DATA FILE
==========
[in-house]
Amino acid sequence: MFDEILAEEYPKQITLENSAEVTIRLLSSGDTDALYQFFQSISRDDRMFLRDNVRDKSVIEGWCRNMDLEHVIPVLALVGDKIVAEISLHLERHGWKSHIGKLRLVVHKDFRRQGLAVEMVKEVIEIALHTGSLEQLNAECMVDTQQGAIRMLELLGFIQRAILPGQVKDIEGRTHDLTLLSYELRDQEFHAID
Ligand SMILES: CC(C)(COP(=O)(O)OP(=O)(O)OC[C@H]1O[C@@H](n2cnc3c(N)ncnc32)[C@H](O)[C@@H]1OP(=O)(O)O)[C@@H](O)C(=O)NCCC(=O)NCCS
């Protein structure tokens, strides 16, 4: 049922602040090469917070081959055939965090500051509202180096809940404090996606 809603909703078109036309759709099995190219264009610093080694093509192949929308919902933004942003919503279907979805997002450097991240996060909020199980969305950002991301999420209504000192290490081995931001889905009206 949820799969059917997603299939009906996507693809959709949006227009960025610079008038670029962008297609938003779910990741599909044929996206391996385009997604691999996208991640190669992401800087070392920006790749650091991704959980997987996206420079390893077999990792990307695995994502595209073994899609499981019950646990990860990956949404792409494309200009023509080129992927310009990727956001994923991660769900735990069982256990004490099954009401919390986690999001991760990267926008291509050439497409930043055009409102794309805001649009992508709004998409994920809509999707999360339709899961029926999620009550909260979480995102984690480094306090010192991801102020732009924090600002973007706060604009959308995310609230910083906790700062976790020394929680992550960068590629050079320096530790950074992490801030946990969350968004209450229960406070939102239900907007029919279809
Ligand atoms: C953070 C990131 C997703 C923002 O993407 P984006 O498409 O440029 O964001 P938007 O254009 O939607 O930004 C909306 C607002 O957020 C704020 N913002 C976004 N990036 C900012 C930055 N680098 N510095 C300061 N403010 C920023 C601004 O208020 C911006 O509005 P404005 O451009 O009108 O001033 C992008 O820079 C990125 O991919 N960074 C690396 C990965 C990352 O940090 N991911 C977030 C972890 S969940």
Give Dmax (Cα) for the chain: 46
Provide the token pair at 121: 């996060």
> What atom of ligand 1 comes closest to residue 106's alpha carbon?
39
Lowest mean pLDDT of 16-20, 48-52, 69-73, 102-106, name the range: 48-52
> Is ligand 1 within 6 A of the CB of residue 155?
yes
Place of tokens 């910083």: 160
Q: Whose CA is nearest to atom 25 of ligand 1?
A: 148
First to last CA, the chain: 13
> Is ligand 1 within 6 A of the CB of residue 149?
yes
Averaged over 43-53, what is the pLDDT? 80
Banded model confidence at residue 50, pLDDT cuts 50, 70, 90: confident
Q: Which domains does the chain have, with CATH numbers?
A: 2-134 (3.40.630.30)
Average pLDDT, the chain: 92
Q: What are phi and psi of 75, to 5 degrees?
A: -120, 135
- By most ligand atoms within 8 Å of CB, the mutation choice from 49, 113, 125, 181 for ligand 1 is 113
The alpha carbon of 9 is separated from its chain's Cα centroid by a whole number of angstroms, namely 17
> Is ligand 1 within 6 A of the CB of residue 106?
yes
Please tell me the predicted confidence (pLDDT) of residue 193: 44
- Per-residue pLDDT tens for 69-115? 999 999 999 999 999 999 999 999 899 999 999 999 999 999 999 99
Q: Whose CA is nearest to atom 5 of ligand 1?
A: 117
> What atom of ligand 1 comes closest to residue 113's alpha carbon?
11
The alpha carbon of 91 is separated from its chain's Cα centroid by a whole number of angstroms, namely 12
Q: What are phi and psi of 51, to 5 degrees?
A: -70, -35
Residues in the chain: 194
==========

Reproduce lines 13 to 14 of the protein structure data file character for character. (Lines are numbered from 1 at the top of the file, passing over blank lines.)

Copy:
Place of tokens 């910083």: 160
Q: Whose CA is nearest to atom 25 of ligand 1?